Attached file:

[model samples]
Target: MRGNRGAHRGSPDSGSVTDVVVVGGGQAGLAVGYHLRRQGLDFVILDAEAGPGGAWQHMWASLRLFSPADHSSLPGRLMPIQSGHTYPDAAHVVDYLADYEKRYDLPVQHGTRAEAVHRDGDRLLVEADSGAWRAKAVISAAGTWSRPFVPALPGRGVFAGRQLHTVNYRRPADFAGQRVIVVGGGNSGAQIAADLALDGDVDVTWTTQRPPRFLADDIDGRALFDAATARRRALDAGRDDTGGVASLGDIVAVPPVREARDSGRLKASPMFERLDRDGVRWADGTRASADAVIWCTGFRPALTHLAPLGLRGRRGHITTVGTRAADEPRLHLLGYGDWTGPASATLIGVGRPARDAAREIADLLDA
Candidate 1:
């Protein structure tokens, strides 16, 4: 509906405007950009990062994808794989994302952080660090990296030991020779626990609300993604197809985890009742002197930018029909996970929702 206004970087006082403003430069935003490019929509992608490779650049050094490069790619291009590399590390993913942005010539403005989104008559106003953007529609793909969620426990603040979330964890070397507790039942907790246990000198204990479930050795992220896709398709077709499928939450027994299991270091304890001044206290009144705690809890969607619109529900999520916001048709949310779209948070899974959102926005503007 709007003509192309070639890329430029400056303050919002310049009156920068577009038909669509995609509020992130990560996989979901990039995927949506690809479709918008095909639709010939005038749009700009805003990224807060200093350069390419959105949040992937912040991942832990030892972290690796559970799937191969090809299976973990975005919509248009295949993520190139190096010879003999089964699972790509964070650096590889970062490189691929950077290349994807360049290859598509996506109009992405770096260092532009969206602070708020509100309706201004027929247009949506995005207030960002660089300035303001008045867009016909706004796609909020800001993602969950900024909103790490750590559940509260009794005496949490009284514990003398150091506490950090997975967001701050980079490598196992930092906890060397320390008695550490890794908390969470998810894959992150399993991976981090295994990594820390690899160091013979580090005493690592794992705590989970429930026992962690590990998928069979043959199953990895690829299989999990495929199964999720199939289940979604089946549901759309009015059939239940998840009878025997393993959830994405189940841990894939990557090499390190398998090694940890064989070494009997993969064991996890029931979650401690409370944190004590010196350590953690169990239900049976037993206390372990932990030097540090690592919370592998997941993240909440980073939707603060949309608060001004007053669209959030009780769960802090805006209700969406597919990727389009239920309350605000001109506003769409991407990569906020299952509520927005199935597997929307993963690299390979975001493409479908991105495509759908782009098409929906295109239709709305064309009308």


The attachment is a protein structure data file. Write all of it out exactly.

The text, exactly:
[model samples]
Target: MRGNRGAHRGSPDSGSVTDVVVVGGGQAGLAVGYHLRRQGLDFVILDAEAGPGGAWQHMWASLRLFSPADHSSLPGRLMPIQSGHTYPDAAHVVDYLADYEKRYDLPVQHGTRAEAVHRDGDRLLVEADSGAWRAKAVISAAGTWSRPFVPALPGRGVFAGRQLHTVNYRRPADFAGQRVIVVGGGNSGAQIAADLALDGDVDVTWTTQRPPRFLADDIDGRALFDAATARRRALDAGRDDTGGVASLGDIVAVPPVREARDSGRLKASPMFERLDRDGVRWADGTRASADAVIWCTGFRPALTHLAPLGLRGRRGHITTVGTRAADEPRLHLLGYGDWTGPASATLIGVGRPARDAAREIADLLDA
Candidate 1:
């Protein structure tokens, strides 16, 4: 509906405007950009990062994808794989994302952080660090990296030991020779626990609300993604197809985890009742002197930018029909996970929702 206004970087006082403003430069935003490019929509992608490779650049050094490069790619291009590399590390993913942005010539403005989104008559106003953007529609793909969620426990603040979330964890070397507790039942907790246990000198204990479930050795992220896709398709077709499928939450027994299991270091304890001044206290009144705690809890969607619109529900999520916001048709949310779209948070899974959102926005503007 709007003509192309070639890329430029400056303050919002310049009156920068577009038909669509995609509020992130990560996989979901990039995927949506690809479709918008095909639709010939005038749009700009805003990224807060200093350069390419959105949040992937912040991942832990030892972290690796559970799937191969090809299976973990975005919509248009295949993520190139190096010879003999089964699972790509964070650096590889970062490189691929950077290349994807360049290859598509996506109009992405770096260092532009969206602070708020509100309706201004027929247009949506995005207030960002660089300035303001008045867009016909706004796609909020800001993602969950900024909103790490750590559940509260009794005496949490009284514990003398150091506490950090997975967001701050980079490598196992930092906890060397320390008695550490890794908390969470998810894959992150399993991976981090295994990594820390690899160091013979580090005493690592794992705590989970429930026992962690590990998928069979043959199953990895690829299989999990495929199964999720199939289940979604089946549901759309009015059939239940998840009878025997393993959830994405189940841990894939990557090499390190398998090694940890064989070494009997993969064991996890029931979650401690409370944190004590010196350590953690169990239900049976037993206390372990932990030097540090690592919370592998997941993240909440980073939707603060949309608060001004007053669209959030009780769960802090805006209700969406597919990727389009239920309350605000001109506003769409991407990569906020299952509520927005199935597997929307993963690299390979975001493409479908991105495509759908782009098409929906295109239709709305064309009308």